Jason Kenney has long been Stephen Harper's secret political weapon.
When Kenney was the prime minister's parliamentary secretary and later as citizenship and immigration minister, he relentlessly wooed new Canadians into the Conservative tent.
Kenney has probably eaten more Asian dinners outside of Ottawa than the rest of the Harper's cabinet put together.
And he's continuing this tradition as the minister of employment, social development, and multiculturalism.
You can see in the photos above that it was Kenney, and not Harper, who met the Dalai Lama during his trip to Canada.
It will help the Conservatives among some expat Tibetans as well as with apolitical types who admire the Dalai Lama's Buddhist worldview.
Kenney's action stands in contrast to the mayor of Vancouver, Gregor Robertson, who didn't have an audience with His Holiness during the Tibetan leader's visit to Vancouver this week.
Robertson's failure to meet the Buddhist spiritual leader hasn't gone unnoticed during the election campaign.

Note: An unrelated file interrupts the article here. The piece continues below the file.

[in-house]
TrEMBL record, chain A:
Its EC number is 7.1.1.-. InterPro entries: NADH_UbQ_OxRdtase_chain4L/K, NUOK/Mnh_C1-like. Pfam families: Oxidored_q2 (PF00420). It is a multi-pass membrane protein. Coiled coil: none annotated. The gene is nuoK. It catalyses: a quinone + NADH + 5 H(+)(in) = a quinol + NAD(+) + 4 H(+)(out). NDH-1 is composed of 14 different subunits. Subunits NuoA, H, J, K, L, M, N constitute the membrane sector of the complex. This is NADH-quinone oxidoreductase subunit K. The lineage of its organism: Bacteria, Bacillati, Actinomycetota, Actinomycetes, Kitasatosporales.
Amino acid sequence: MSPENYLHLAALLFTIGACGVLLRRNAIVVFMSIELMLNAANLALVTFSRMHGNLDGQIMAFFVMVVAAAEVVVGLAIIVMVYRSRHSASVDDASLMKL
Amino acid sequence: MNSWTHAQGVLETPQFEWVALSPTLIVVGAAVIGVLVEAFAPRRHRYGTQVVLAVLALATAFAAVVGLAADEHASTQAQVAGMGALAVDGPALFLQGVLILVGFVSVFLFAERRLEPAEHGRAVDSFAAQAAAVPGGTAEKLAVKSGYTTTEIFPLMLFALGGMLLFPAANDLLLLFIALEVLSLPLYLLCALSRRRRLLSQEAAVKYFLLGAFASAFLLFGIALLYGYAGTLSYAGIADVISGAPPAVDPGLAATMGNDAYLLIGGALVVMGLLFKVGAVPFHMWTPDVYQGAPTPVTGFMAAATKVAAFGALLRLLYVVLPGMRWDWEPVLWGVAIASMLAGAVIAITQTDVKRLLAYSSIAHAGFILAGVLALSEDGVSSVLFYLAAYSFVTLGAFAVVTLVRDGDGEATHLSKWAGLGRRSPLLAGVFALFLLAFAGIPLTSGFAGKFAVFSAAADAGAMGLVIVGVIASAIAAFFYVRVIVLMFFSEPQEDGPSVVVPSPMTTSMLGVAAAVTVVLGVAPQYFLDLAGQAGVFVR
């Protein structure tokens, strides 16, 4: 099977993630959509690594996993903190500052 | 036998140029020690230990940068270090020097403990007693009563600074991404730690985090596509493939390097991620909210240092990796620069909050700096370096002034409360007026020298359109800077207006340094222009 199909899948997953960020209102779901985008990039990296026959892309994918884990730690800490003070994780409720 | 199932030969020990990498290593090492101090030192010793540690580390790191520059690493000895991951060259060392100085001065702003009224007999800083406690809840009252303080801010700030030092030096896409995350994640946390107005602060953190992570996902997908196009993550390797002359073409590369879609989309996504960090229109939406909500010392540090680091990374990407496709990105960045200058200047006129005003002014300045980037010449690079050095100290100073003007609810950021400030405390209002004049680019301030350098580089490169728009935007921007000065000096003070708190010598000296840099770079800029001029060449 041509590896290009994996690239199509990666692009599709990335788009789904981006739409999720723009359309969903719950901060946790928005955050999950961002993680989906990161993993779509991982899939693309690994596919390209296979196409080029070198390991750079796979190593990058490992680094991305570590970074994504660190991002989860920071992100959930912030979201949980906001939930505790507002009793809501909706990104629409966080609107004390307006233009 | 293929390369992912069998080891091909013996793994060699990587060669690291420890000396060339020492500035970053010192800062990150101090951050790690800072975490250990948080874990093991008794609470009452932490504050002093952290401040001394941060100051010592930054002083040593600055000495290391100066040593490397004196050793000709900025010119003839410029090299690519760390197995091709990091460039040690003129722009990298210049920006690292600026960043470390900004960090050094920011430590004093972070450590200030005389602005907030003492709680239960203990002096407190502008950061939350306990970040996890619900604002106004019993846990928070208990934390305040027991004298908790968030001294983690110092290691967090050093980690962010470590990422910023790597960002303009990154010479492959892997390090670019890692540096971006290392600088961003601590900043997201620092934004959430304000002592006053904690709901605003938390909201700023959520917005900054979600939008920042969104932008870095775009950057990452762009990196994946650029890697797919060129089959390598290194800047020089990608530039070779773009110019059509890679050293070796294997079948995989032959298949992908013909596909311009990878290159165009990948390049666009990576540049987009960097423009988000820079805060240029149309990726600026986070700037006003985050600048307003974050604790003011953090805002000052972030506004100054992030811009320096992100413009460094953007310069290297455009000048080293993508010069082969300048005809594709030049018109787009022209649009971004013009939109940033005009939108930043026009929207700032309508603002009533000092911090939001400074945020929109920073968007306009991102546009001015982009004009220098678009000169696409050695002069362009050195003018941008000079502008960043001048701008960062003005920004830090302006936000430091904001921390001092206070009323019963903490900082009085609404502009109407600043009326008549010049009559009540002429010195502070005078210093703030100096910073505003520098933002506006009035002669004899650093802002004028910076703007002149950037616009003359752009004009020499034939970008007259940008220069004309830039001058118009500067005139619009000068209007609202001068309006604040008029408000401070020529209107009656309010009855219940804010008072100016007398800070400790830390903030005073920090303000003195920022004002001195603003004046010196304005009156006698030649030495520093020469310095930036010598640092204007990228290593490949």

"He should have met the Dalai Lama today," NPA mayoral candidate Kirk LaPointe stated bluntly during an October 22 debate at Langara College.
Robertson's middle name is Bethune in honour of his relative Dr. Norman Bethune—a Canadian physician who is a national hero in China for providing medical support to the Communists during the civil war.
The Chinese government views the Dalai Lama as an anti-Chinese renegade as it retains iron-fisted control over Tibet.
When U.S. president Barack Obama met the Tibetan leader earlier this year, the Chinese government called it a "gross interference in China's politics".
Later, the Norwegian government came under criticism for avoiding the Dalai Lama when he visited Oslo.
The Conservatives adopted a middle path by having a senior cabinet minister meet with him.
Former premier Gordon Campbell also met the Dalai Lama when he last visited B.C.
Vision Vancouver's leader, on the other hand, kept his distance.
So did Premier Christy Clark.